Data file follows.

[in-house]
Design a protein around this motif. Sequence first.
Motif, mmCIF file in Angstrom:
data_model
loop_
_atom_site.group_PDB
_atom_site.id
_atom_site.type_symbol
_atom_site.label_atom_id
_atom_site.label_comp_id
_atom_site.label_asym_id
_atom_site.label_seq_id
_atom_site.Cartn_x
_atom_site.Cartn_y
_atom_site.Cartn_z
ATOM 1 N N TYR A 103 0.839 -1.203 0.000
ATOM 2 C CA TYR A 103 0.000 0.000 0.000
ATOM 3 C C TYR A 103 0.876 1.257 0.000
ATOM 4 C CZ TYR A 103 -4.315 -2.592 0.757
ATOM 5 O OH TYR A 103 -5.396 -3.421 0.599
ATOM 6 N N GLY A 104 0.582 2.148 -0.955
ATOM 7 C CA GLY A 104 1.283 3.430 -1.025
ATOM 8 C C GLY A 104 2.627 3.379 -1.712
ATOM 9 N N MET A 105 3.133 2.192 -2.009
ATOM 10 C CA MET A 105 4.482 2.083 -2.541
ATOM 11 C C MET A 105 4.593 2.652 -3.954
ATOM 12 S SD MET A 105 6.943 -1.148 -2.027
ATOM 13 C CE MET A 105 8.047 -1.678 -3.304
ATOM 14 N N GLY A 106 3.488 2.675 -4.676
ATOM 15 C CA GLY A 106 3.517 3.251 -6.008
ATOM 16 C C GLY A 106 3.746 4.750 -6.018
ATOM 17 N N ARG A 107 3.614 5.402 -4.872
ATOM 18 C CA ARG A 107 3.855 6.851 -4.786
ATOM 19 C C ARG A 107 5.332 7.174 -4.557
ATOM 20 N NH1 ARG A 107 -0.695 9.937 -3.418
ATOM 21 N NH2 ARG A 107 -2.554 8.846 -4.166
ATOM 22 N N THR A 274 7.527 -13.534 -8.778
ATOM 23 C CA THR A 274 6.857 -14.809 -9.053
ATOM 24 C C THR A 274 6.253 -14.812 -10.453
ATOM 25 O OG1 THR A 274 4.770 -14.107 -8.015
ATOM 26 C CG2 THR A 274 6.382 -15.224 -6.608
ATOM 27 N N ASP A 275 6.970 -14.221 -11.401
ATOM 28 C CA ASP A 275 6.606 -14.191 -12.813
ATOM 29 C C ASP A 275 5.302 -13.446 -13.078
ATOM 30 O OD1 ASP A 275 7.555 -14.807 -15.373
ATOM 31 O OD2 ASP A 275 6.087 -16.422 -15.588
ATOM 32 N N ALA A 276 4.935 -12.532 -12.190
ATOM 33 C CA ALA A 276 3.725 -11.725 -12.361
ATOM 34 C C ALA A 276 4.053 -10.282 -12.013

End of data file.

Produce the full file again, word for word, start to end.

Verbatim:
[in-house]
Design a protein around this motif. Sequence first.
Motif, mmCIF file in Angstrom:
data_model
loop_
_atom_site.group_PDB
_atom_site.id
_atom_site.type_symbol
_atom_site.label_atom_id
_atom_site.label_comp_id
_atom_site.label_asym_id
_atom_site.label_seq_id
_atom_site.Cartn_x
_atom_site.Cartn_y
_atom_site.Cartn_z
ATOM 1 N N TYR A 103 0.839 -1.203 0.000
ATOM 2 C CA TYR A 103 0.000 0.000 0.000
ATOM 3 C C TYR A 103 0.876 1.257 0.000
ATOM 4 C CZ TYR A 103 -4.315 -2.592 0.757
ATOM 5 O OH TYR A 103 -5.396 -3.421 0.599
ATOM 6 N N GLY A 104 0.582 2.148 -0.955
ATOM 7 C CA GLY A 104 1.283 3.430 -1.025
ATOM 8 C C GLY A 104 2.627 3.379 -1.712
ATOM 9 N N MET A 105 3.133 2.192 -2.009
ATOM 10 C CA MET A 105 4.482 2.083 -2.541
ATOM 11 C C MET A 105 4.593 2.652 -3.954
ATOM 12 S SD MET A 105 6.943 -1.148 -2.027
ATOM 13 C CE MET A 105 8.047 -1.678 -3.304
ATOM 14 N N GLY A 106 3.488 2.675 -4.676
ATOM 15 C CA GLY A 106 3.517 3.251 -6.008
ATOM 16 C C GLY A 106 3.746 4.750 -6.018
ATOM 17 N N ARG A 107 3.614 5.402 -4.872
ATOM 18 C CA ARG A 107 3.855 6.851 -4.786
ATOM 19 C C ARG A 107 5.332 7.174 -4.557
ATOM 20 N NH1 ARG A 107 -0.695 9.937 -3.418
ATOM 21 N NH2 ARG A 107 -2.554 8.846 -4.166
ATOM 22 N N THR A 274 7.527 -13.534 -8.778
ATOM 23 C CA THR A 274 6.857 -14.809 -9.053
ATOM 24 C C THR A 274 6.253 -14.812 -10.453
ATOM 25 O OG1 THR A 274 4.770 -14.107 -8.015
ATOM 26 C CG2 THR A 274 6.382 -15.224 -6.608
ATOM 27 N N ASP A 275 6.970 -14.221 -11.401
ATOM 28 C CA ASP A 275 6.606 -14.191 -12.813
ATOM 29 C C ASP A 275 5.302 -13.446 -13.078
ATOM 30 O OD1 ASP A 275 7.555 -14.807 -15.373
ATOM 31 O OD2 ASP A 275 6.087 -16.422 -15.588
ATOM 32 N N ALA A 276 4.935 -12.532 -12.190
ATOM 33 C CA ALA A 276 3.725 -11.725 -12.361
ATOM 34 C C ALA A 276 4.053 -10.282 -12.013